How to Replace Basement Windows in 10 Steps
Replacing a basement window might sound like a job for a professional, but it’s actually quite doable if you have the knowledge and the right guidance. That’s where we come in. We’ll show you how to replace a basement window in 10 steps. However, the first step always begins with preparation!
Before You Begin
Here is a list of tools and supplies to ensure you have before you begin replacing your basement window. In addition to these things, make sure you prepare your work area. Make sure that kids or pets will not get in the way. Also, if there is furniture or anything else in the way that may pose a tripping hazard while you are working, be sure to move it.
|Safety||work gloves, safety glasses|
|Materials||replacement window, 2×4 lumber, expansion foam, window trim, joint and seam filler, exterior-rated calking|
|Tools||24-inch level, chisel, hammer, broom, knife, circular saw, drill (and screws), caulking gun|
|Optional||vacuum, reciprocating saw, miter saw|
How to Replace Basement Windows (10 Steps)
1. Measure for New Window
Before you begin ripping out the window you are replacing, you need to do a couple of things. Because if you take out the old window before you are prepared, you may find yourself with a hole in the basement and nothing to put in it. If you need to order a new window, it could take a few weeks to arrive at your building center.
The first thing you need to do is determine whether the window and frame both need to be replaced or just the window. If the frame is not rotted or warped, you may be able to replace just the glass. If this is the case, measure the height and width of the existing glass and take those measurements to your local building center. If you determine the frame needs to be replaced, measure the height and width of the whole window.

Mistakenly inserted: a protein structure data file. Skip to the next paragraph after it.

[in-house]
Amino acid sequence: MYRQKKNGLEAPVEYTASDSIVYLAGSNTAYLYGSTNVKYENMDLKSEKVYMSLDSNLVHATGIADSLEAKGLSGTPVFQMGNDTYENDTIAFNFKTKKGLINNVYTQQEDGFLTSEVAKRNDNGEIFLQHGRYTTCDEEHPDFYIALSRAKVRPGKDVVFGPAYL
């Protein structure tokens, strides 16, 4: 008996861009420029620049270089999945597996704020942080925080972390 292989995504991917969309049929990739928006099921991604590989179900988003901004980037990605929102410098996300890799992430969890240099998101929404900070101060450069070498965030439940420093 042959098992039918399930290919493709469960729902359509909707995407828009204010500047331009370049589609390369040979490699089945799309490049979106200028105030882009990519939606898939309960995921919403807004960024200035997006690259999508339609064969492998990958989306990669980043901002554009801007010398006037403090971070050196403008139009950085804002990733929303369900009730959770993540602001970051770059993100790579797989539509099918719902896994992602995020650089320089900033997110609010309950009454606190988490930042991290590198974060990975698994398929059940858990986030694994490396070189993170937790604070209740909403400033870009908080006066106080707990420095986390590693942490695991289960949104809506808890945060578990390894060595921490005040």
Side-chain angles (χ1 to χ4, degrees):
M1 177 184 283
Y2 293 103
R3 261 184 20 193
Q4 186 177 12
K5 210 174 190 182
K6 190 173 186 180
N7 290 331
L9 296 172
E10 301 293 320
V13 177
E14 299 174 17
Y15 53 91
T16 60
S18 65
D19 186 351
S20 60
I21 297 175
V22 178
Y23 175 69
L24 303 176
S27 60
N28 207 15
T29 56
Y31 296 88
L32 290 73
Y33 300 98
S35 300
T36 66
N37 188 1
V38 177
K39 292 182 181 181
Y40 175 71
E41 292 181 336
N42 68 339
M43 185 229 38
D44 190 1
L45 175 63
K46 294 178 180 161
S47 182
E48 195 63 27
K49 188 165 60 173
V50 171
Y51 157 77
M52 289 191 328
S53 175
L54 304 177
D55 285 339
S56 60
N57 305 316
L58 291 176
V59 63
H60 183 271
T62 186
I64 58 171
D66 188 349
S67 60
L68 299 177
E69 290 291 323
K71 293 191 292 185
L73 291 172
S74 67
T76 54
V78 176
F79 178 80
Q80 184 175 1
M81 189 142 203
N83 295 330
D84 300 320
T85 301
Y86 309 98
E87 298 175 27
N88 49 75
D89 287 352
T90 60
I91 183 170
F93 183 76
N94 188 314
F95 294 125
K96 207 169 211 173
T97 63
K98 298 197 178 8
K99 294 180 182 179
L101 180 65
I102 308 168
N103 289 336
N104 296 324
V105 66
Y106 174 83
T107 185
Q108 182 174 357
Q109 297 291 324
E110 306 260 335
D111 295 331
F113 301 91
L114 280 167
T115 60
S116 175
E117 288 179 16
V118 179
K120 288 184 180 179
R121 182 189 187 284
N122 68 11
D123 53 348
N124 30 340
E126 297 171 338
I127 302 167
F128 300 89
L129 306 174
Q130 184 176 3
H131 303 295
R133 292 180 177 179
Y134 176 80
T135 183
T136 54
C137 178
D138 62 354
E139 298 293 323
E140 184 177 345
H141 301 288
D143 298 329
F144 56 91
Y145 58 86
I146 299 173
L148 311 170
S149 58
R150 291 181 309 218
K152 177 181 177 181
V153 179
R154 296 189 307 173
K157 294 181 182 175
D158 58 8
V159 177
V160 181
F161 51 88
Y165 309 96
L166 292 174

If you cannot order the exact size to replace the existing window, get the closest size under because expanding foam will fill that gap and secure the window.
2. Remove Old Window
Now that you’ve picked up your new window, it’s time to get to work. Make sure that you have the time to complete the project before you start tearing because once you start, you’re not going to want to leave it unfinished.
Protecting yourself is the first task. Make sure you put on leather work gloves to protect your hands and safety glasses to protect against any flying debris during the demolition phase.
In the case of a wooden window, it is a relatively straightforward process. Using a hammer and pry bar, you will be able to remove the old sash. Once you do this, you should be able to access and remove the screws holding the window in place. With the screws removed, slide the window out. You may need to use your knife to separate the window from expanding foam in some cases. A reciprocating saw can usually get the job done if a knife doesn’t work.
If the old window has a metal frame, you must first check whether it is screwed or riveted in place. If it is screwed, simply remove the screws and slide the window out. However, if it is riveted, you will need to drill the rivets out first.
3. Prepare Opening for New Window
Once you’ve safely disposed of the old window, you may have a very rough opening. If the concrete foundation was poured after the original window was installed, there will likely be a rough concrete lip to smooth out.
After you’ve got a smooth surface all the way around, make sure you give the area a thorough sweep or vacuum. Giving yourself a clean space to work with will make the rest of the process much easier.
4. Install Bucks
If the foundation is concrete, you will have to install new bucks if the old ones were rotted or warped. First, measure the four sides of the opening. Then from the 2×4 board, cut four pieces to fit snugly inside the opening. Apply a joint and seam filler and attach each board with masonry screws.